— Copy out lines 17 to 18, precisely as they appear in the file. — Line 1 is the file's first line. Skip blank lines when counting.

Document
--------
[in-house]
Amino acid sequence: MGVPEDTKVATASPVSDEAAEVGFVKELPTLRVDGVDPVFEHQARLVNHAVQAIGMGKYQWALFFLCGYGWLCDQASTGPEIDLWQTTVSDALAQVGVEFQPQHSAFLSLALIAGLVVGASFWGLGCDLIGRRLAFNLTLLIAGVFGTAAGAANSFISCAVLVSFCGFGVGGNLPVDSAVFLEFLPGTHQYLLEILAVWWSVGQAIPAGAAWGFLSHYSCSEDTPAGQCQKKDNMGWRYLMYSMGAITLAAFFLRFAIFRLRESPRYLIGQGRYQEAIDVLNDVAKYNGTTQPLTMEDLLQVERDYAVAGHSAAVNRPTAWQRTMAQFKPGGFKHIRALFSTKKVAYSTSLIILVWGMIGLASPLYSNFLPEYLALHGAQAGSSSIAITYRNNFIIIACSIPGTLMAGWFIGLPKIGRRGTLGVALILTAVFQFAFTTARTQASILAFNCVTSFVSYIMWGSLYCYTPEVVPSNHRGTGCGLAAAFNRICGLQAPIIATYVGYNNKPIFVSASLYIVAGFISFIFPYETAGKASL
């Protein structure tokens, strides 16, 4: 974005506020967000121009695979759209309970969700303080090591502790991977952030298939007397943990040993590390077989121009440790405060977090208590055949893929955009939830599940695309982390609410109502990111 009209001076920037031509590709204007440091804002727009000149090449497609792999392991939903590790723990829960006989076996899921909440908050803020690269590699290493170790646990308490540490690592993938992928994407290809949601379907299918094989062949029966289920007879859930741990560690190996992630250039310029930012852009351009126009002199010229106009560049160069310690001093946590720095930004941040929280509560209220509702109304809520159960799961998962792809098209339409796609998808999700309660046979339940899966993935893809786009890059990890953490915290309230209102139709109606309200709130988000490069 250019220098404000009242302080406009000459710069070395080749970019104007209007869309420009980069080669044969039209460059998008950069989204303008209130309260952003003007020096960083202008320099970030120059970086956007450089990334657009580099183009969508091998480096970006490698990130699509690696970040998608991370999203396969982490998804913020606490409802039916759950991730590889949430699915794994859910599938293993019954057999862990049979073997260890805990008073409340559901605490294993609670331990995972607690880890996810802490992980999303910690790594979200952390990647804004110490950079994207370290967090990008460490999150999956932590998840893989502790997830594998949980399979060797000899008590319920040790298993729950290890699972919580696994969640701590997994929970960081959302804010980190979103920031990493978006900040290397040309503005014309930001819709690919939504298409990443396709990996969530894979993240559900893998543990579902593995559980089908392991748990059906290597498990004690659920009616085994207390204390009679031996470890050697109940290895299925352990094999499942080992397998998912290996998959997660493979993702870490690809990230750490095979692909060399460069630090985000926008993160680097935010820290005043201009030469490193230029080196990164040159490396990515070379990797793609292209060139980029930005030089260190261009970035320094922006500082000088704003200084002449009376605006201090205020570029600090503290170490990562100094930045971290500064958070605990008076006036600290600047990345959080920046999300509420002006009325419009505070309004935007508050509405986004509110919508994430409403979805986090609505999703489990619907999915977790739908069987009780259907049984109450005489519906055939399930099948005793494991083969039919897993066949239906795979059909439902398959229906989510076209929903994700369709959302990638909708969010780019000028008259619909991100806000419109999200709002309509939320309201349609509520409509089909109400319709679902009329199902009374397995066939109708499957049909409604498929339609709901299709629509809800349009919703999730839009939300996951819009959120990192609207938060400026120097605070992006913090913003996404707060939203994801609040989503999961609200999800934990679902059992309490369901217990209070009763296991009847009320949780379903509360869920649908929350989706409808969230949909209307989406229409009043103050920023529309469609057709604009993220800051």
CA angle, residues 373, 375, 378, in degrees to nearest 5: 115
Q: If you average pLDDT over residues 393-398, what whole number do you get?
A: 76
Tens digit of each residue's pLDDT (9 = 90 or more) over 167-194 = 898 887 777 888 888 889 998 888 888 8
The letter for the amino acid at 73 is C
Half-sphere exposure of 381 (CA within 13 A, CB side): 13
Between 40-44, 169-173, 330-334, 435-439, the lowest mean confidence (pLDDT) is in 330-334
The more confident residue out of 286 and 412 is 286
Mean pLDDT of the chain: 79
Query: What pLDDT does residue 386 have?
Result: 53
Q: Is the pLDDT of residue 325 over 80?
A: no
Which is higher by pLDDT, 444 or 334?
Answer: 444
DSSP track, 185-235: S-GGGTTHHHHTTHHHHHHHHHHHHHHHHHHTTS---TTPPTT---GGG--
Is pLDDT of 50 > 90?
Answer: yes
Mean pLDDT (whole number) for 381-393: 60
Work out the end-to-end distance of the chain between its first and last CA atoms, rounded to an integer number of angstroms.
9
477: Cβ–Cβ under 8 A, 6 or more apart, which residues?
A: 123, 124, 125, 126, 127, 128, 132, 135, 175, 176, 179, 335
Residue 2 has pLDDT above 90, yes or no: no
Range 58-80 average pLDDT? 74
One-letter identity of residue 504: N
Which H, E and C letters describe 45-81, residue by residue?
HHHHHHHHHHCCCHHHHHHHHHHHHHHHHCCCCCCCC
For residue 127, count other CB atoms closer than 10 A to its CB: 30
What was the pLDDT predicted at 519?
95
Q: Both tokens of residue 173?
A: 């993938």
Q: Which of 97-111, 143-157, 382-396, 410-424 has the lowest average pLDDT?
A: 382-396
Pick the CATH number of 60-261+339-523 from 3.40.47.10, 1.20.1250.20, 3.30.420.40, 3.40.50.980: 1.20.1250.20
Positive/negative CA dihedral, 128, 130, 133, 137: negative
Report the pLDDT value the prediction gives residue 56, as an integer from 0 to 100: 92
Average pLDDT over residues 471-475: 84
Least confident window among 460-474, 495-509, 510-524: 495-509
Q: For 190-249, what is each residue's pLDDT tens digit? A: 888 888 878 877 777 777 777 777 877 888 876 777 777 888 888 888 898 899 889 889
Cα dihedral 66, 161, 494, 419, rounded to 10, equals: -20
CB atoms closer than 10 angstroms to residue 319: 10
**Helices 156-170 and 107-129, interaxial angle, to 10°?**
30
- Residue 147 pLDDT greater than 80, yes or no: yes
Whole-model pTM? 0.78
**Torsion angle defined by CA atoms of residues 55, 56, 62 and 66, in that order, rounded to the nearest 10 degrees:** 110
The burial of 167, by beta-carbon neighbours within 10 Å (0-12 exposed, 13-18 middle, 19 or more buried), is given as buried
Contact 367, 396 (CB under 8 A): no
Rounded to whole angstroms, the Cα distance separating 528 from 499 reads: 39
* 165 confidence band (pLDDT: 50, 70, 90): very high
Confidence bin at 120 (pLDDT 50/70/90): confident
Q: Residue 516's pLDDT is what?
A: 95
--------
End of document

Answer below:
Which is higher by pLDDT, 444 or 334?
Answer: 444